Arts & Culture

2021 Whiting Awards Honor 10 Soon-To-Be-Big Writers

Apr 14, 2021

The winners of this year's Whiting Awards have been announced; the $50,000 prize is aimed at allowing emerging writers to focus full-time on their work — or to branch off in new directions.

"Each of these winners has a rare literary gift," Whiting Director of Literary Programs Courtney Hodell says via email. "Our hope is that the Whiting Award will offer encouragement and support as they continue to dig deep into their art to nurture the work that sings it."

Filmmaker Jasmila Zbanic was a 17-year-old student living in Sarajevo with her family when the Bosnian war began in April 1992. As clashes over Bosnia's referendum for independence first started, she says nobody imagined there could ever be a full war. "It started like [the] riots on Congress in January in [the] U.S. ... I was happy when this happened because I thought what a cool thing not to go to school and have [the] whole city stop," she says.

The Sackler family has spent decades making a name for itself in philanthropic circles, with sizable donations to the Metropolitan Museum of Art, the Louvre, the British Museum, Harvard University and Yale University, among other institutions.

But as the public began to scrutinize the source of the family's money, many museum wings and buildings that once displayed the Sackler name have removed it.

Copyright 2021 NPR. To see more, visit https://www.npr.org.

MARY LOUISE KELLY, HOST:

Citizen Kane is often regarded as the greatest film ever made. The fictionalized story of newspaper tycoon William Randolph Hearst didn't win a Best Picture Oscar in 1942, but it did win a Best Original Screenplay award. Hollywood still loves a story about itself, and this year, Mank, a film about Citizen Kane's screenwriter, Herman Mankiewicz, earned 10 Oscar nominations, including Best Picture. It also received a nomination for Amanda Seyfried for Best Supporting Actress for her portrayal of Marion Davies.

Ella Fitzgerald: The First Lady of Song

Apr 13, 2021
www.biography.com/musician/ella-fitzgerald

(WEAA) - Known for the rare sweetness in her voice, particularly in her scat singing, Ella Fitzgerald was the most popular American jazz singer in the United States for more than half a century.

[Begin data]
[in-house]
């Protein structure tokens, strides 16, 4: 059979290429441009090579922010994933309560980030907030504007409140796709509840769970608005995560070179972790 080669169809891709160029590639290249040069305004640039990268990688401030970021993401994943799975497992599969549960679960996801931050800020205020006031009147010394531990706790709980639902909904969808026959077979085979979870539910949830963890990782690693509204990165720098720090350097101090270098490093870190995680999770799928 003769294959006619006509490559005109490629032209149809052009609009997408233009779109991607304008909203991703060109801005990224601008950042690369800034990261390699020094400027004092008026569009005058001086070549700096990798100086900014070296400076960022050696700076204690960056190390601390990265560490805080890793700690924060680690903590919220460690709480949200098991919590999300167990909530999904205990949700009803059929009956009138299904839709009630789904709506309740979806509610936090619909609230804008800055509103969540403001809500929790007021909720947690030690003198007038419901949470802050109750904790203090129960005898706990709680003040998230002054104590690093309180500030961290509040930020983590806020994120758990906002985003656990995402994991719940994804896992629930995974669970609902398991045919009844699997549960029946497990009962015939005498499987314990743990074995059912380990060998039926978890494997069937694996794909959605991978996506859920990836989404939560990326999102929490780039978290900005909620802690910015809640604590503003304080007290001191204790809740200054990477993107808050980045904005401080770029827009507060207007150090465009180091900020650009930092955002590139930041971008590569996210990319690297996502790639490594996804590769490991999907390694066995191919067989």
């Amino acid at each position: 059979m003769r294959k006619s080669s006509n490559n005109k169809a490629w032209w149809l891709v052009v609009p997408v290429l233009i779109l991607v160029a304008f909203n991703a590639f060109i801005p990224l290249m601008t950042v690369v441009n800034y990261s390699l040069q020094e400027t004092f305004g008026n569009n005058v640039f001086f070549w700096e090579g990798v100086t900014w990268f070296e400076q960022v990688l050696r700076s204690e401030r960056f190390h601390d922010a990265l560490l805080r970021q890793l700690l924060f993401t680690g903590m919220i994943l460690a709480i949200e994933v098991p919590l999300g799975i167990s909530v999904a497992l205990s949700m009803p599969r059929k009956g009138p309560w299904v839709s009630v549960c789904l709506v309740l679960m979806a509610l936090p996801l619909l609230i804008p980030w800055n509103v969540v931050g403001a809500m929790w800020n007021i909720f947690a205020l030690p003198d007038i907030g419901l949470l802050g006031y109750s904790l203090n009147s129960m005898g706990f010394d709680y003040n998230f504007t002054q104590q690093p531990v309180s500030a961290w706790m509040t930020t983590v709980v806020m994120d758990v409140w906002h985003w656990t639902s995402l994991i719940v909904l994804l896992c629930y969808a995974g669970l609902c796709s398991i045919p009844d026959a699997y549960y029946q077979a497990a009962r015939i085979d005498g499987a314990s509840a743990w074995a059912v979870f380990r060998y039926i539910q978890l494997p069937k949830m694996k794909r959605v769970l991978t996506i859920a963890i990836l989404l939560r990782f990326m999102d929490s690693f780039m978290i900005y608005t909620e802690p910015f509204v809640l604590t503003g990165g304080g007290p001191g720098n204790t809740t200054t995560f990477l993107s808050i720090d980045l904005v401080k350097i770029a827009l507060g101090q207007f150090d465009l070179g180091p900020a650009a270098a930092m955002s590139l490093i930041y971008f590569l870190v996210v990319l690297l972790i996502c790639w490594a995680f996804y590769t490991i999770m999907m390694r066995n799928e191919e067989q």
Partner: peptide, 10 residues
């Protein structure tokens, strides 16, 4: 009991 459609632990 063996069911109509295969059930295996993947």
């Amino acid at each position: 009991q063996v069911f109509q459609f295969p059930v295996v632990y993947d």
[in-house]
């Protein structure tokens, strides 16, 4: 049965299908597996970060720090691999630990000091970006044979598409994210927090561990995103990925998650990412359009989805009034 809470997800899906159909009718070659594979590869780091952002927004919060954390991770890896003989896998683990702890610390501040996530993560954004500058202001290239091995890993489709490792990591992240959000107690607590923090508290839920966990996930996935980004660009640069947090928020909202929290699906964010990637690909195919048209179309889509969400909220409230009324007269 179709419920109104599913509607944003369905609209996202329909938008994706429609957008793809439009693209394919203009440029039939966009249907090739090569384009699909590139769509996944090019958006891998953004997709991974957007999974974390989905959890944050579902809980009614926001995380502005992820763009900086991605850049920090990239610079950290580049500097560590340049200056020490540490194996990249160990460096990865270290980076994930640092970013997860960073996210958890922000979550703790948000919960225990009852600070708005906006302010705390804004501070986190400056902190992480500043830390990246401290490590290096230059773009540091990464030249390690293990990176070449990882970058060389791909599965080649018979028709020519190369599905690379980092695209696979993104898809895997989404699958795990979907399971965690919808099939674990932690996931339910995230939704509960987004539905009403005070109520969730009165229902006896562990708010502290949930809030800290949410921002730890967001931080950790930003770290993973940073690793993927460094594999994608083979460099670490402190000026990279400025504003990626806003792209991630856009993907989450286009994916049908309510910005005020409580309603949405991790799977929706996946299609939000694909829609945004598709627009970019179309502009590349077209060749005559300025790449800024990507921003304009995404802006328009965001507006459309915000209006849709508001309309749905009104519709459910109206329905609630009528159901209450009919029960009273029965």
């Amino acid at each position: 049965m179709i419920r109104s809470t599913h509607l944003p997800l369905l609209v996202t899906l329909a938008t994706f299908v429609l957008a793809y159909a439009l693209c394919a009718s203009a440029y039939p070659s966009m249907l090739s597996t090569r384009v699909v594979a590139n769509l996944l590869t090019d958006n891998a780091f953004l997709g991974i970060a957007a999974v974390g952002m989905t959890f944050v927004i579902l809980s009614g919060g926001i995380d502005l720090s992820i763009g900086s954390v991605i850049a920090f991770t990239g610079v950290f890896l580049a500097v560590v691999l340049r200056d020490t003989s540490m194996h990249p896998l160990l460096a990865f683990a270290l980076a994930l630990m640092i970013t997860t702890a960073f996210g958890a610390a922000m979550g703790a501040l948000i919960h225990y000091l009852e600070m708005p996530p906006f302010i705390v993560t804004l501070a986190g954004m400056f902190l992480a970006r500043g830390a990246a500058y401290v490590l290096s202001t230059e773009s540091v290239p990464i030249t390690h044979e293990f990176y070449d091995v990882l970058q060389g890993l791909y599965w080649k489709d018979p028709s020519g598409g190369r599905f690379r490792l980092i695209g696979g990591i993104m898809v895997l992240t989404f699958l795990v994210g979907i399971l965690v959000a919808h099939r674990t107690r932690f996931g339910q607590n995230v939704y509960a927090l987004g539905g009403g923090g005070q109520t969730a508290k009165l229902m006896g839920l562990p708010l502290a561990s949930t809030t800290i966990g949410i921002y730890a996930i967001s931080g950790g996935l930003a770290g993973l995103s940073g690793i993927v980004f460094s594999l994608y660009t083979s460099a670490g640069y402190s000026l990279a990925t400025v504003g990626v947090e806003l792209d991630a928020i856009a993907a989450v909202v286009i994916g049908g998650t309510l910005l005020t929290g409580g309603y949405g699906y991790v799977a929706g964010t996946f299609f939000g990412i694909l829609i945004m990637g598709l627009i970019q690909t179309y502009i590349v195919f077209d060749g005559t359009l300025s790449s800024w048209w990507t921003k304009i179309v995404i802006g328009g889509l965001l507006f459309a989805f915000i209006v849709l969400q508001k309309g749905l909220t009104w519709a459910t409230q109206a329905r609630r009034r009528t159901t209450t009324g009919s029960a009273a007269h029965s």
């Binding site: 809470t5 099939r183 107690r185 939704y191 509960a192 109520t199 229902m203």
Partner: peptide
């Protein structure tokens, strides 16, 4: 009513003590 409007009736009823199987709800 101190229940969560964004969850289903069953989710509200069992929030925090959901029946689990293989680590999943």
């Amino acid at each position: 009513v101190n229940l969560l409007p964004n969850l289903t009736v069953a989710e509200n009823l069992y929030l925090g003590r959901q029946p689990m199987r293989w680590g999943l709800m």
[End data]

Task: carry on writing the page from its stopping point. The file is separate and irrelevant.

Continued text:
Throughout her career, she has performed alongside other influential jazz artists such as Duke Ellington, Count Basie and Nat King Cole, and Dizzy Gillespie.

 

Before fame, Fitzgerald went through a rough patch in her life becoming an orphan at the age of 15.

 

Last October, in the midst of the pandemic, Laurie Anderson appeared at the Smithsonian's Hirshhorn Museum to recreate one of her earliest works. Wearing ice skates attached to frozen blocks of ice, she played her violin along with a tape recording stashed cleverly inside her instrument. When the ice melted, her performance ended. Bow over bridge, blades over ice: "Duets on Ice" is a meditation on balance and time.

TERRY GROSS, HOST:

I knew from all the buzz about The Final Revival of Opal & Nev that it's a work of fiction by first-time novelist Dawnie Walton. But after I started her book, I had to stop and double check to make sure that this wasn't a true account of a real-life rock duo from the 1970s. That's how authentic this odd novel feels, composed, as it is, out of a pandemonium of fictional interviews, footnotes, talk-show transcripts, letters and editor's notes.

ArcLight Cinemas and Pacific Theaters said late Monday they are ceasing operations, closing all of their roughly 300 screens mostly found in California.

None has inspired more distress among Hollywood notables than the Cinerama Dome on Hollywood's Sunset Boulevard.

"After shutting our doors more than a year ago," the company said in a statement, "today we must share the difficult and sad news that Pacific will not be reopening its ArcLight Cinemas and Pacific Theaters locations."

'The Souvenir Museum' Is An Exhibit To Savor

Apr 13, 2021

Elizabeth McCracken's The Souvenir Museum begins with one of the funniest short stories I've read in a long time. It's about a short, round American who meets her newish boyfriend's angular English family all at once and utterly unprepared in damp Ireland, at the wedding of the middle of his three sisters.

"How can Emily be benefitting if she's screaming all the time?"

It's a question that hounds Emily Grodin's mother, Valerie Gilpeer, throughout the gripping memoir they've co-authored, I Have Been Buried Under Years of Dust. Emily was born with autism, and Valerie — along with her husband Tom — have spent the 25 years of Emily's life bringing her to various therapists, praying for a breakthrough.

Copyright 2021 Fresh Air. To see more, visit Fresh Air.

TERRY GROSS, HOST:

In the dark comedy Promising Young Woman, Cassie (Carey Mulligan) works at a coffee shop by day and hunts sexual predators by night. She goes to bars, pretends to be falling down drunk — and then confronts the men who try to take advantage of her.

Cassie is avenging the death of her best friend, who, the movie implies, has died by suicide after being raped at medical school. Writer and director Emerald Fennell says the film was inspired, in part, by the messages other movies send about alcohol and consent.

Director Antoine Fuqua and actor Will Smith, who together are producing the upcoming 1860s-set film Emancipation, announced Monday that they are moving the film's production out of Georgia due to the state's newly enacted voting laws.

In a statement provided to NPR on Monday morning, Fuqua and Smith said:

Pages